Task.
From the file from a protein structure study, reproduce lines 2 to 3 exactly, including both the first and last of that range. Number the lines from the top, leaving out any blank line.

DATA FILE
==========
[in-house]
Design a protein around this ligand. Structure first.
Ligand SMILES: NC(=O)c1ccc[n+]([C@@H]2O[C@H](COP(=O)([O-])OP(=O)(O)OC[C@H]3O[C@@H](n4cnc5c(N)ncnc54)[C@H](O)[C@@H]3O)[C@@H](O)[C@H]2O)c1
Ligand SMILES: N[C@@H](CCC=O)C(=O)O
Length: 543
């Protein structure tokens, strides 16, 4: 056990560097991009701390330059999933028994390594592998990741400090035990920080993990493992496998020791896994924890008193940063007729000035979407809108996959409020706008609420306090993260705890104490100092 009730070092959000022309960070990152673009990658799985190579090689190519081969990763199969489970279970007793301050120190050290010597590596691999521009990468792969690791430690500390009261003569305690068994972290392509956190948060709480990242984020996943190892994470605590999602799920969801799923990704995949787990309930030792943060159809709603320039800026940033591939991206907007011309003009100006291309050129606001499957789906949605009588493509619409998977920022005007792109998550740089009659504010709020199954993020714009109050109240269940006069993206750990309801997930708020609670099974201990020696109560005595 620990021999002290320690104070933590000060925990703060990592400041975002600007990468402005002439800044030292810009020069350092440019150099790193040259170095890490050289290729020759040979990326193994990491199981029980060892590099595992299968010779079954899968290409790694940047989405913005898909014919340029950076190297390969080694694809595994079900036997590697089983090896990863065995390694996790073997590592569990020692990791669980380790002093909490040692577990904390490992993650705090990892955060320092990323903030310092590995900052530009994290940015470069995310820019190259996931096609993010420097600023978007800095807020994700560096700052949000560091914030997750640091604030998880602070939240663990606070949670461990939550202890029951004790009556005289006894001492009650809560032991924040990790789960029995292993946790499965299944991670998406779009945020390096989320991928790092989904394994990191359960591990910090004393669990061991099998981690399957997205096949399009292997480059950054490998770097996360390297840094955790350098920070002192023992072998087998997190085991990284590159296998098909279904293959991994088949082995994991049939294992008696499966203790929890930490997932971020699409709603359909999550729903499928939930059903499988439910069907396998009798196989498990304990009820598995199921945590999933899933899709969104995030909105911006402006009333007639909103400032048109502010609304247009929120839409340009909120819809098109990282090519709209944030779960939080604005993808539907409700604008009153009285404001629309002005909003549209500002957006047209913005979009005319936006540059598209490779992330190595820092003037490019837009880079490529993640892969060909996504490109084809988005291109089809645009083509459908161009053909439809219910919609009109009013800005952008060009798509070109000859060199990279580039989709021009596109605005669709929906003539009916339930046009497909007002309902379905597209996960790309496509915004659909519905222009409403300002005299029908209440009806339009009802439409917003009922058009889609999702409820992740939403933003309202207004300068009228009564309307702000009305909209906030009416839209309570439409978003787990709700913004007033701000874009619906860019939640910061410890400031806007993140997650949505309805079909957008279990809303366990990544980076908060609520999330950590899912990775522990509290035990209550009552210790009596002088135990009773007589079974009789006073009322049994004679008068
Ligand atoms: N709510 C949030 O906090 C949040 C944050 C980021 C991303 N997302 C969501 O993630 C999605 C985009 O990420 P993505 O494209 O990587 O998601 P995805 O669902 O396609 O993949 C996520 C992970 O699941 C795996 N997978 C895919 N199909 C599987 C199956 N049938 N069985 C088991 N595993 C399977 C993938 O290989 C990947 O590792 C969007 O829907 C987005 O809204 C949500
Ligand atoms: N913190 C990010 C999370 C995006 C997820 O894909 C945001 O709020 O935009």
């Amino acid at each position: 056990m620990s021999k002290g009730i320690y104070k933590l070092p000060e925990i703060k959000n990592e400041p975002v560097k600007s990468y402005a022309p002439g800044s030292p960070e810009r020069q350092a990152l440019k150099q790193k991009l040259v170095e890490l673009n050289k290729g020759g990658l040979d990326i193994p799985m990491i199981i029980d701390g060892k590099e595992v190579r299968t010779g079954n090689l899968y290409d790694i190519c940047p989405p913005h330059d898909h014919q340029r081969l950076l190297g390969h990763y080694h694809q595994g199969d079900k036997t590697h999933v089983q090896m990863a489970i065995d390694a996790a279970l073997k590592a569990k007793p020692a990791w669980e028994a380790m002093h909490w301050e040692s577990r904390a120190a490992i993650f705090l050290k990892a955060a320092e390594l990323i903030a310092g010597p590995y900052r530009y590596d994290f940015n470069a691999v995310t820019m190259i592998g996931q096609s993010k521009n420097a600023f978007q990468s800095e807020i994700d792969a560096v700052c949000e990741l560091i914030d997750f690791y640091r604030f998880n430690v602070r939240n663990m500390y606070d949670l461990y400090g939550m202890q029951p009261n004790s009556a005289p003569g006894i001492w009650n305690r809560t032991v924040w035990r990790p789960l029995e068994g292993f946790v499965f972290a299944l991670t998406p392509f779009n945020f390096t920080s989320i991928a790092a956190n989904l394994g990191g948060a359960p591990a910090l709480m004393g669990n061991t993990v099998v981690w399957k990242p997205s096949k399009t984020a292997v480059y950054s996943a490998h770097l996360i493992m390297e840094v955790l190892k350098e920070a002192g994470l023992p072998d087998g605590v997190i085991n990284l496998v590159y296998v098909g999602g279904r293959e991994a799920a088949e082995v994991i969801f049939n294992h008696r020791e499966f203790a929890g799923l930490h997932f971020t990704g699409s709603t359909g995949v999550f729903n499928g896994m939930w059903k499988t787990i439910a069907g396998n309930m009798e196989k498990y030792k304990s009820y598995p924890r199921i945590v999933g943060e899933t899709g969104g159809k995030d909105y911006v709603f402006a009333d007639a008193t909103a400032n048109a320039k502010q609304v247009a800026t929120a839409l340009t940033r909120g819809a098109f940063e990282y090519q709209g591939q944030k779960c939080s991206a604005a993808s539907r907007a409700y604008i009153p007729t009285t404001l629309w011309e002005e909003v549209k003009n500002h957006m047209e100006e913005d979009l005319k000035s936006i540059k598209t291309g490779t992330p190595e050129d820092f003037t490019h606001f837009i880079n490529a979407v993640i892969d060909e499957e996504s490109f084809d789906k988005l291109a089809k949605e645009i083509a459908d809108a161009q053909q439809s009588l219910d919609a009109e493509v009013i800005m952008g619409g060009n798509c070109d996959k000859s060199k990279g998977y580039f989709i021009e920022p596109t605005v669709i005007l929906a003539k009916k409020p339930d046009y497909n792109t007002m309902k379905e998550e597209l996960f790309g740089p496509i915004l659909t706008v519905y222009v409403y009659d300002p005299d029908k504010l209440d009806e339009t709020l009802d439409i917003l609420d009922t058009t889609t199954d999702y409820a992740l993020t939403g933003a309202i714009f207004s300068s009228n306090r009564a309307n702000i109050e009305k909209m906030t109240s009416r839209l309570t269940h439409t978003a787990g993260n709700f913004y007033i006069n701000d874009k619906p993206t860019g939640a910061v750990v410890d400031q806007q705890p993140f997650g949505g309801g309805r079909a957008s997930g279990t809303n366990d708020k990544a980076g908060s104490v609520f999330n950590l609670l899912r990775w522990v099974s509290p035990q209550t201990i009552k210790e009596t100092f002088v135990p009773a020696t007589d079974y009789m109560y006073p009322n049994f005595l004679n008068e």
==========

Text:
Design a protein around this ligand. Structure first.
Ligand SMILES: NC(=O)c1ccc[n+]([C@@H]2O[C@H](COP(=O)([O-])OP(=O)(O)OC[C@H]3O[C@@H](n4cnc5c(N)ncnc54)[C@H](O)[C@@H]3O)[C@@H](O)[C@H]2O)c1